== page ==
President Trump recently patted himself on the back for the "most far-reaching regulatory reform" in U.S. history, which wasn't true but that wasn't the point. The point was that Trump has made eliminating government regulations one of his top priorities.
"We have decades of excess regulation to remove," he said, calling on his Cabinet members "to find and remove every single outdated, unlawful and excessive regulation currently on the books."
Trump and his Cabinet may want to rethink that proposition.
Last Friday night, when the White House figured no one was looking, it quietly released a congressionally mandated report from the Office of Management and Budget spelling out both the costs of government regulations on the private sector and the estimated monetary benefits to the public.
For example, the cost of imposing clean-air and clean-water rules on factories versus the benefit to ordinary people of not getting cancer and running up huge hospital bills.
In former President Obama's final year in office — the period covered by the report — 16 "major rules" were fully quantifiable, meaning their total costs and benefits were capable of being measured.
What Trump's budget office found was that these rules cost up to $4.9 billion to impose on businesses and resulted in up to $27.3 billion in benefits to the American people.
That means taxpayers got nearly six times as much in benefits as was spent regulating businesses.
And that, by any yardstick, is a hell of a good investment.
Amit Narang, a regulatory policy advocate with Public Citizen, told me the report was released by the White House with no fanfare around 7 p.m. Friday. He noted that the Trump administration missed its Dec. 31 deadline for the report by two months.
"It seems like they don't want people to know that the benefits of government regulations in Obama's last year far exceeded the costs," Narang said.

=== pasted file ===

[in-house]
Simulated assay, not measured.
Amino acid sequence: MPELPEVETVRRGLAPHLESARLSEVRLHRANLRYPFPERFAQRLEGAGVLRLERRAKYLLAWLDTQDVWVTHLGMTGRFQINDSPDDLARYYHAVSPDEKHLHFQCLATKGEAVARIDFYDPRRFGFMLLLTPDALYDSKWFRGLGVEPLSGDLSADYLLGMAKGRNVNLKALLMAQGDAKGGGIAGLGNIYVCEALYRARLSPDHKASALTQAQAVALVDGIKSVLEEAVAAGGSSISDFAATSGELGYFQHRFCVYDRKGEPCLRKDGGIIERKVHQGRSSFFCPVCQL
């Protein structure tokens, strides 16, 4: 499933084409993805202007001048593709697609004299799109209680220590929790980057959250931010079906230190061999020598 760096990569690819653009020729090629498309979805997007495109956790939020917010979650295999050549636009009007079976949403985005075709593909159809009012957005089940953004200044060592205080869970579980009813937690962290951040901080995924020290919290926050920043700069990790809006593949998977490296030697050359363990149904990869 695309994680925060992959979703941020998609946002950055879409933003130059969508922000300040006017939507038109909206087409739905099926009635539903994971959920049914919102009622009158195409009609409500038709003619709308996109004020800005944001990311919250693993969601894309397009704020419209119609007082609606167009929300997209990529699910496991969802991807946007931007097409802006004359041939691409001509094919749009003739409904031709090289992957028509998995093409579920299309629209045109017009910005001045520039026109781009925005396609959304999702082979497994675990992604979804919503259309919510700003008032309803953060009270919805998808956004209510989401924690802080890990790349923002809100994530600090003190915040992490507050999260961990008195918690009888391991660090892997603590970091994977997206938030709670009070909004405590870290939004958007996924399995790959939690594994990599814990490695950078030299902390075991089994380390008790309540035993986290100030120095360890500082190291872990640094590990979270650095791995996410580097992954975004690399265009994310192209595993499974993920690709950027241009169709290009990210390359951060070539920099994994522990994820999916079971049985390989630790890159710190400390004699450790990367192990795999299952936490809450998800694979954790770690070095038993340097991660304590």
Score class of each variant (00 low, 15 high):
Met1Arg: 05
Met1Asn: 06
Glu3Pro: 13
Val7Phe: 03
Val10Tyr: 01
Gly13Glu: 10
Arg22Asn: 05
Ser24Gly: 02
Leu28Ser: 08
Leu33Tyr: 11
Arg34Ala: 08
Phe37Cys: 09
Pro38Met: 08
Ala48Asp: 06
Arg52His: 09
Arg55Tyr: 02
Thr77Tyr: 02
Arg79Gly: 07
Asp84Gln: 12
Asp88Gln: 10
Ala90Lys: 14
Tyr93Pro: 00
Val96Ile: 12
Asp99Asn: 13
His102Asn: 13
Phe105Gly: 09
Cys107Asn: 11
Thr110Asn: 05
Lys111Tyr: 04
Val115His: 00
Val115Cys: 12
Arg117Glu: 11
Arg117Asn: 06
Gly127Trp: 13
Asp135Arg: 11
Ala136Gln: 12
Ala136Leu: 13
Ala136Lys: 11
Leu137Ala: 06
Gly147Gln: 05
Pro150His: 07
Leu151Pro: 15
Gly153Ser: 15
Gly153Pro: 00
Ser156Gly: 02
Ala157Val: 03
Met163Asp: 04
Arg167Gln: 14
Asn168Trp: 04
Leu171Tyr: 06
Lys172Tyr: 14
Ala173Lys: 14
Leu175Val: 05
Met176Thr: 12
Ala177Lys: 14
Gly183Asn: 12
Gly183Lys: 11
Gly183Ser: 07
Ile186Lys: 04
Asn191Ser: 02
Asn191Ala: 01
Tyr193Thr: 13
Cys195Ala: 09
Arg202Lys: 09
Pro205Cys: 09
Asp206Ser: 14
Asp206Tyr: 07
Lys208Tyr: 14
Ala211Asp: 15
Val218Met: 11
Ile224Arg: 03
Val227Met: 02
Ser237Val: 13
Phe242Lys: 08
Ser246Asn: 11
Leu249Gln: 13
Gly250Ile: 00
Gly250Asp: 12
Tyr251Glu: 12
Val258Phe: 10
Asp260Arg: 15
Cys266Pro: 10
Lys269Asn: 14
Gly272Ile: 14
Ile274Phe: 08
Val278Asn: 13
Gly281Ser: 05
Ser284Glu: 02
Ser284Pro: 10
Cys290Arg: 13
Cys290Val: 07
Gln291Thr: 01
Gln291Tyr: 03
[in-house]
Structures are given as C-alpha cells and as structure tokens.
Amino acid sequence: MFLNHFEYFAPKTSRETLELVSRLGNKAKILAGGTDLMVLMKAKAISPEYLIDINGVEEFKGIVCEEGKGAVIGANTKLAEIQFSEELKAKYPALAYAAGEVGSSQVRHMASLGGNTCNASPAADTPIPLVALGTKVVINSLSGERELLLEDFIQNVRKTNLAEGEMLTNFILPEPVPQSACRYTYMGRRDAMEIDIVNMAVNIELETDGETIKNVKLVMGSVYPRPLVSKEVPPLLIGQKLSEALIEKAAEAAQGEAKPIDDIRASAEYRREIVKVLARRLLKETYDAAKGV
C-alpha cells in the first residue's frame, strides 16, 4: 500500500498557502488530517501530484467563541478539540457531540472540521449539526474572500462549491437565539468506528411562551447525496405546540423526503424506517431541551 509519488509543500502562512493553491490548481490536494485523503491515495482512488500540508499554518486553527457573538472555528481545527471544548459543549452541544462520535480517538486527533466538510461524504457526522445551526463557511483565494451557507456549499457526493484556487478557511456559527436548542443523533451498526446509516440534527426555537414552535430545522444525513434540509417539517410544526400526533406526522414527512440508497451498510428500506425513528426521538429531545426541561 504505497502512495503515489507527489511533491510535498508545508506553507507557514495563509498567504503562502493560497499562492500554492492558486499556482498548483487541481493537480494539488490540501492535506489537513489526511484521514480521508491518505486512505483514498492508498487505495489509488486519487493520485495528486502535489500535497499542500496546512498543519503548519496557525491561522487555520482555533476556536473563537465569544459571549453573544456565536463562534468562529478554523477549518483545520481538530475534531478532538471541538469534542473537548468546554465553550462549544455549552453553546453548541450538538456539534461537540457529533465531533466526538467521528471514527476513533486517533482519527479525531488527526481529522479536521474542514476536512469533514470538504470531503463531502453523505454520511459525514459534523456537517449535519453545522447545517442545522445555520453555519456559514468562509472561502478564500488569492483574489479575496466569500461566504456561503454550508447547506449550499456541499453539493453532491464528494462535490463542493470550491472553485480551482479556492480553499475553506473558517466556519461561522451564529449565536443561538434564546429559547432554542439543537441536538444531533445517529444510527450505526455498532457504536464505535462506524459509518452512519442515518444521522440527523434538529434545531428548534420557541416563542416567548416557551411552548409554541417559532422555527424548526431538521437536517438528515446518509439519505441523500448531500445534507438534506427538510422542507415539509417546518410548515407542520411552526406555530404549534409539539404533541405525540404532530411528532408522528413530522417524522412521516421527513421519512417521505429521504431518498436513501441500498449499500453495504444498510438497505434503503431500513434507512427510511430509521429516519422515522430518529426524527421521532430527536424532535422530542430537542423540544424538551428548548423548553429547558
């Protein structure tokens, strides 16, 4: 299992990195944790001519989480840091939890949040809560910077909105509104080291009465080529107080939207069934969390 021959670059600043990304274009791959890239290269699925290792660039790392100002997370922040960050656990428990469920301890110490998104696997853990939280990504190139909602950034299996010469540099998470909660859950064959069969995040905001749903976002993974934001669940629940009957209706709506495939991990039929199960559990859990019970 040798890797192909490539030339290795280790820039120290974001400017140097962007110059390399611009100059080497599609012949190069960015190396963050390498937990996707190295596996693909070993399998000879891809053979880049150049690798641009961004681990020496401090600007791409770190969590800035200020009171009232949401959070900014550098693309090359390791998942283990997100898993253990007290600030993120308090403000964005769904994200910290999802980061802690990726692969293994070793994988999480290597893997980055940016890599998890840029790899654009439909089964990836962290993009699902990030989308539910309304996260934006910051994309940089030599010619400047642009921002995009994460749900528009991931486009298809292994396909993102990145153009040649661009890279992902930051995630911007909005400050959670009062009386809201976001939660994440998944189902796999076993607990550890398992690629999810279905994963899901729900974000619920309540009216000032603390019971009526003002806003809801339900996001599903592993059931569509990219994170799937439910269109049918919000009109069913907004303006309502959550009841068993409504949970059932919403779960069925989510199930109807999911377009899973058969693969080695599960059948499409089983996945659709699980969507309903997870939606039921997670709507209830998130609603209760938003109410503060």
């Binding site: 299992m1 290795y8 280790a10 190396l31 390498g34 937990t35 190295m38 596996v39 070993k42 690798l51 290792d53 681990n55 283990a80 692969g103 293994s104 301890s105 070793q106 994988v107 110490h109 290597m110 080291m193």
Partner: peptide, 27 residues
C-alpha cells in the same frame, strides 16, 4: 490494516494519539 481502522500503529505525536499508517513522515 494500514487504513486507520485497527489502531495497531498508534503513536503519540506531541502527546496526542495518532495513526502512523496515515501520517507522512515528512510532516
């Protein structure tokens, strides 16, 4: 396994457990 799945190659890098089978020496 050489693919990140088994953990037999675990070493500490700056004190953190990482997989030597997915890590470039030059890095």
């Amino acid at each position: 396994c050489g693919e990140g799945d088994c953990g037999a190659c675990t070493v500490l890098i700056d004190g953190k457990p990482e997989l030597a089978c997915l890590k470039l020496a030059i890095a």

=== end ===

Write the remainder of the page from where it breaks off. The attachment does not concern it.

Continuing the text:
I reached out to the White House for comment. No one got back to me.
Narang crunched the numbers for the last decade and estimated that the net benefit to Americans from regulations was as much as $833 billion, or 12 times what these rules cost industry to impose.
"Much of these benefits are in the form of health and safety," he said. "So one way to look at this is that if you don't control emissions from factories, you're looking at all sorts of added costs to society, such as cancer, children's asthma and serious respiratory illnesses."
The Trump administration's report completely undercuts its argument that regulations are bad for the country because they stifle job growth and innovation. In fact, the U.S. economy logged steady if unspectacular growth throughout the Obama years.
This week, we learned that despite Trump's deregulatory push, economic growth slowed more than initially thought over the final three months of 2017, down to 2.5% from 3.2% during the previous quarter.
Perhaps that can be traced to Trump's arbitrary and reckless policy that for every new government regulation, two existing ones have to be thrown out. He's fond of saying this both limits new rule-making and cleans house of older rules that don't jibe with his policy agenda.
Consumer Financial Protection Bureau? Don't need that. Environmental Protection Agency? It can get by with 23% less funding. School safety? We can cut spending there by $425 million.